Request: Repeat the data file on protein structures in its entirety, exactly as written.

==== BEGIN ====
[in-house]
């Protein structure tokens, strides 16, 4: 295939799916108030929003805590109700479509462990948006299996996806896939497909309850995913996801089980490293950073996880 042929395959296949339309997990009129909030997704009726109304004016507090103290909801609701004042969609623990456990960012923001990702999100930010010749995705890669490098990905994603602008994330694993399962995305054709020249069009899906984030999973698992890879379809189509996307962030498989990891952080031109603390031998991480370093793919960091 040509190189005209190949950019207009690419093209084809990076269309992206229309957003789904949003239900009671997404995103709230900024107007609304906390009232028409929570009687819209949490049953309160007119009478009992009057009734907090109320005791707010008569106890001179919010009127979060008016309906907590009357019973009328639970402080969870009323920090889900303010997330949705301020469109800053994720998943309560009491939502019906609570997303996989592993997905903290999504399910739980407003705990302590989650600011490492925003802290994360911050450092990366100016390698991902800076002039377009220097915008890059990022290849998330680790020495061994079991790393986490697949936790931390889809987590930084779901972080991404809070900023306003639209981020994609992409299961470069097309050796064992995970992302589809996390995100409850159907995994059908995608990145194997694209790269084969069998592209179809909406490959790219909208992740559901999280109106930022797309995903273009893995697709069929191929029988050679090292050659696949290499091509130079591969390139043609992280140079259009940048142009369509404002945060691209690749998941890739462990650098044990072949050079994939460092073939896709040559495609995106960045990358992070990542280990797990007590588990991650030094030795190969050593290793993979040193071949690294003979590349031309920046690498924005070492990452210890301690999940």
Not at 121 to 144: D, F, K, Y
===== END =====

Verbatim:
[in-house]
């Protein structure tokens, strides 16, 4: 295939799916108030929003805590109700479509462990948006299996996806896939497909309850995913996801089980490293950073996880 042929395959296949339309997990009129909030997704009726109304004016507090103290909801609701004042969609623990456990960012923001990702999100930010010749995705890669490098990905994603602008994330694993399962995305054709020249069009899906984030999973698992890879379809189509996307962030498989990891952080031109603390031998991480370093793919960091 040509190189005209190949950019207009690419093209084809990076269309992206229309957003789904949003239900009671997404995103709230900024107007609304906390009232028409929570009687819209949490049953309160007119009478009992009057009734907090109320005791707010008569106890001179919010009127979060008016309906907590009357019973009328639970402080969870009323920090889900303010997330949705301020469109800053994720998943309560009491939502019906609570997303996989592993997905903290999504399910739980407003705990302590989650600011490492925003802290994360911050450092990366100016390698991902800076002039377009220097915008890059990022290849998330680790020495061994079991790393986490697949936790931390889809987590930084779901972080991404809070900023306003639209981020994609992409299961470069097309050796064992995970992302589809996390995100409850159907995994059908995608990145194997694209790269084969069998592209179809909406490959790219909208992740559901999280109106930022797309995903273009893995697709069929191929029988050679090292050659696949290499091509130079591969390139043609992280140079259009940048142009369509404002945060691209690749998941890739462990650098044990072949050079994939460092073939896709040559495609995106960045990358992070990542280990797990007590588990991650030094030795190969050593290793993979040193071949690294003979590349031309920046690498924005070492990452210890301690999940």
Not at 121 to 144: D, F, K, Y